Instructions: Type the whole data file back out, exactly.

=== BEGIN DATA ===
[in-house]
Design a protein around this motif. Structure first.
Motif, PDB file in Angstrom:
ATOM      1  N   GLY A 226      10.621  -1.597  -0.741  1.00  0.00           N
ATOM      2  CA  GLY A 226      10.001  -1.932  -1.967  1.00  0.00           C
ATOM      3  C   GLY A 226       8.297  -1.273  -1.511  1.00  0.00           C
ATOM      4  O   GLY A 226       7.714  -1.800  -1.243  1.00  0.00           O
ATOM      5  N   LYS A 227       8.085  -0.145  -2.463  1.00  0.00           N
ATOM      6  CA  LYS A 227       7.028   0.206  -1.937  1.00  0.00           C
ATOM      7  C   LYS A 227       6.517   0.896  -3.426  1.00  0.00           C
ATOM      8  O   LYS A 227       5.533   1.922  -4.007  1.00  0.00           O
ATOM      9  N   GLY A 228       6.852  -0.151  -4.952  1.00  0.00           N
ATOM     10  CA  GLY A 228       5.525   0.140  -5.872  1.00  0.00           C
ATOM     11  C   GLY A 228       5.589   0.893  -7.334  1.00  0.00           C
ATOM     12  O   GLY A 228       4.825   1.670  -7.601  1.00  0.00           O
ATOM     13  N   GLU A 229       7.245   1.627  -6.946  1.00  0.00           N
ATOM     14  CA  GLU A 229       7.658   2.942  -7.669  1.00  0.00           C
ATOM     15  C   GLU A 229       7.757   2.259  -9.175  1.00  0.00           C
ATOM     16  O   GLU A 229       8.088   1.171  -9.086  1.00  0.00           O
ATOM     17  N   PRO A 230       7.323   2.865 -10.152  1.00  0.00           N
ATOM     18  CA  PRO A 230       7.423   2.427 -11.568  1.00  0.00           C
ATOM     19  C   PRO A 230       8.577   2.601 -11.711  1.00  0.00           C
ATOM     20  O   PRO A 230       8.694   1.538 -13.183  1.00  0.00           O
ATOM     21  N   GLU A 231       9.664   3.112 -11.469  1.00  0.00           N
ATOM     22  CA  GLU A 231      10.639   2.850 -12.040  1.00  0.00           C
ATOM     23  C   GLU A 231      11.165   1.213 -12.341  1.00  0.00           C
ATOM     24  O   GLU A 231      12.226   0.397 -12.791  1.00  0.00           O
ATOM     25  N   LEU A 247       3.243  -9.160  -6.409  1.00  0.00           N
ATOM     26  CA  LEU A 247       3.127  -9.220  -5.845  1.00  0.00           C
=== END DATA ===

[in-house]
Design a protein around this motif. Structure first.
Motif, PDB file in Angstrom:
ATOM      1  N   GLY A 226      10.621  -1.597  -0.741  1.00  0.00           N
ATOM      2  CA  GLY A 226      10.001  -1.932  -1.967  1.00  0.00           C
ATOM      3  C   GLY A 226       8.297  -1.273  -1.511  1.00  0.00           C
ATOM      4  O   GLY A 226       7.714  -1.800  -1.243  1.00  0.00           O
ATOM      5  N   LYS A 227       8.085  -0.145  -2.463  1.00  0.00           N
ATOM      6  CA  LYS A 227       7.028   0.206  -1.937  1.00  0.00           C
ATOM      7  C   LYS A 227       6.517   0.896  -3.426  1.00  0.00           C
ATOM      8  O   LYS A 227       5.533   1.922  -4.007  1.00  0.00           O
ATOM      9  N   GLY A 228       6.852  -0.151  -4.952  1.00  0.00           N
ATOM     10  CA  GLY A 228       5.525   0.140  -5.872  1.00  0.00           C
ATOM     11  C   GLY A 228       5.589   0.893  -7.334  1.00  0.00           C
ATOM     12  O   GLY A 228       4.825   1.670  -7.601  1.00  0.00           O
ATOM     13  N   GLU A 229       7.245   1.627  -6.946  1.00  0.00           N
ATOM     14  CA  GLU A 229       7.658   2.942  -7.669  1.00  0.00           C
ATOM     15  C   GLU A 229       7.757   2.259  -9.175  1.00  0.00           C
ATOM     16  O   GLU A 229       8.088   1.171  -9.086  1.00  0.00           O
ATOM     17  N   PRO A 230       7.323   2.865 -10.152  1.00  0.00           N
ATOM     18  CA  PRO A 230       7.423   2.427 -11.568  1.00  0.00           C
ATOM     19  C   PRO A 230       8.577   2.601 -11.711  1.00  0.00           C
ATOM     20  O   PRO A 230       8.694   1.538 -13.183  1.00  0.00           O
ATOM     21  N   GLU A 231       9.664   3.112 -11.469  1.00  0.00           N
ATOM     22  CA  GLU A 231      10.639   2.850 -12.040  1.00  0.00           C
ATOM     23  C   GLU A 231      11.165   1.213 -12.341  1.00  0.00           C
ATOM     24  O   GLU A 231      12.226   0.397 -12.791  1.00  0.00           O
ATOM     25  N   LEU A 247       3.243  -9.160  -6.409  1.00  0.00           N
ATOM     26  CA  LEU A 247       3.127  -9.220  -5.845  1.00  0.00           C